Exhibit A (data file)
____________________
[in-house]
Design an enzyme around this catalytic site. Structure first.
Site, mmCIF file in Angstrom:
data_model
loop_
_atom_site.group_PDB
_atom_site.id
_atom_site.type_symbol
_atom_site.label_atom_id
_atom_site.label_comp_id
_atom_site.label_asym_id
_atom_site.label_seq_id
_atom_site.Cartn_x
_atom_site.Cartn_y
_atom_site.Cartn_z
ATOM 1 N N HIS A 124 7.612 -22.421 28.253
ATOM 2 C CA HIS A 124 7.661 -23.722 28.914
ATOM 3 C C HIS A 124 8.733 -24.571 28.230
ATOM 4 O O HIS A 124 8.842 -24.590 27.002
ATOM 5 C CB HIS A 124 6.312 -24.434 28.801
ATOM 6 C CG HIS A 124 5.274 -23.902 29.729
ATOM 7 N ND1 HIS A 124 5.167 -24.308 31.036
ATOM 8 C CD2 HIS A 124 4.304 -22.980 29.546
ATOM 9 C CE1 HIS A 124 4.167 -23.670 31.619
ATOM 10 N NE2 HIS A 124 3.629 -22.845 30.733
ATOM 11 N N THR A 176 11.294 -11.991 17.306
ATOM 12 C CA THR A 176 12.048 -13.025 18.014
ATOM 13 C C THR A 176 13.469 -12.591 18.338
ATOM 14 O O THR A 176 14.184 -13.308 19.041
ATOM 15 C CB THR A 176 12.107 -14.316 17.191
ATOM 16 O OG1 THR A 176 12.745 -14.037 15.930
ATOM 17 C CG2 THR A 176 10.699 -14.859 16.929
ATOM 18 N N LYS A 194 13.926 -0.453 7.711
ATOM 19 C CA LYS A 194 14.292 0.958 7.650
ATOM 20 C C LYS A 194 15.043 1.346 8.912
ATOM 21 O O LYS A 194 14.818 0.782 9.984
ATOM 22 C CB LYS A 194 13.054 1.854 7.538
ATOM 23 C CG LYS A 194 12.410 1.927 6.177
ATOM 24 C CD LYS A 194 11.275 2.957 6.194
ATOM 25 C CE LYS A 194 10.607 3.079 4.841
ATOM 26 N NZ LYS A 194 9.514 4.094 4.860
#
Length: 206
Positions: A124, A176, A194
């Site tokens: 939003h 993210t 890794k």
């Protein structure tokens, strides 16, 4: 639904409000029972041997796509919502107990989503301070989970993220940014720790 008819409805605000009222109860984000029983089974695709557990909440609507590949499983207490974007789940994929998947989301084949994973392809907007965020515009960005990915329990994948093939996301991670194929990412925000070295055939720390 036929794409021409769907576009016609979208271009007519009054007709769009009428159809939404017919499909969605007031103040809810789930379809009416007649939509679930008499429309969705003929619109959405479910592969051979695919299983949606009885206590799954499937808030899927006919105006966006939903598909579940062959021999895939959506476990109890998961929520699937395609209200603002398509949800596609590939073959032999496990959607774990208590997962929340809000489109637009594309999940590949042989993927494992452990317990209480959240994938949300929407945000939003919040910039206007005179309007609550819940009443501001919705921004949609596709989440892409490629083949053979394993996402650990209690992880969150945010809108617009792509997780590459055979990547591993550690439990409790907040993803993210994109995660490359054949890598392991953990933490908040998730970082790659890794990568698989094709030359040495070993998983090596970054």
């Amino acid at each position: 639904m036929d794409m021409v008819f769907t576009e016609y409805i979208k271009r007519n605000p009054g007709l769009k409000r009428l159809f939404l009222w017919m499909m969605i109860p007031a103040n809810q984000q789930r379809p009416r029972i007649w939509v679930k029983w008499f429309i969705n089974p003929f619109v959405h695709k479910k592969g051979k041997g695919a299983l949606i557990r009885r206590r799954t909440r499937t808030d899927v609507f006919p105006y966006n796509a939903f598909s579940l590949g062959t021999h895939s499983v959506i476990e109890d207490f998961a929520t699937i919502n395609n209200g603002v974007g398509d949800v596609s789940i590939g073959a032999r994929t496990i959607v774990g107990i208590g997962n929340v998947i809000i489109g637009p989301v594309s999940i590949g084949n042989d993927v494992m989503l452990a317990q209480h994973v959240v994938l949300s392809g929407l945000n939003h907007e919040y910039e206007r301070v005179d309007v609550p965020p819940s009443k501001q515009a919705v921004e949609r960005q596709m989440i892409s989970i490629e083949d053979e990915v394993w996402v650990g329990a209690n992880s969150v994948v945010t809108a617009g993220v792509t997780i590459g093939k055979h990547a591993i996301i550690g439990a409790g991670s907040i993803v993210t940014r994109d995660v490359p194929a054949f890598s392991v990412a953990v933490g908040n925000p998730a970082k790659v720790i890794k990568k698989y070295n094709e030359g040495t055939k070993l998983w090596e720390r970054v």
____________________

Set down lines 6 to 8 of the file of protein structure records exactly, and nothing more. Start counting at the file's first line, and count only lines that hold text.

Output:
_atom_site.group_PDB
_atom_site.id
_atom_site.type_symbol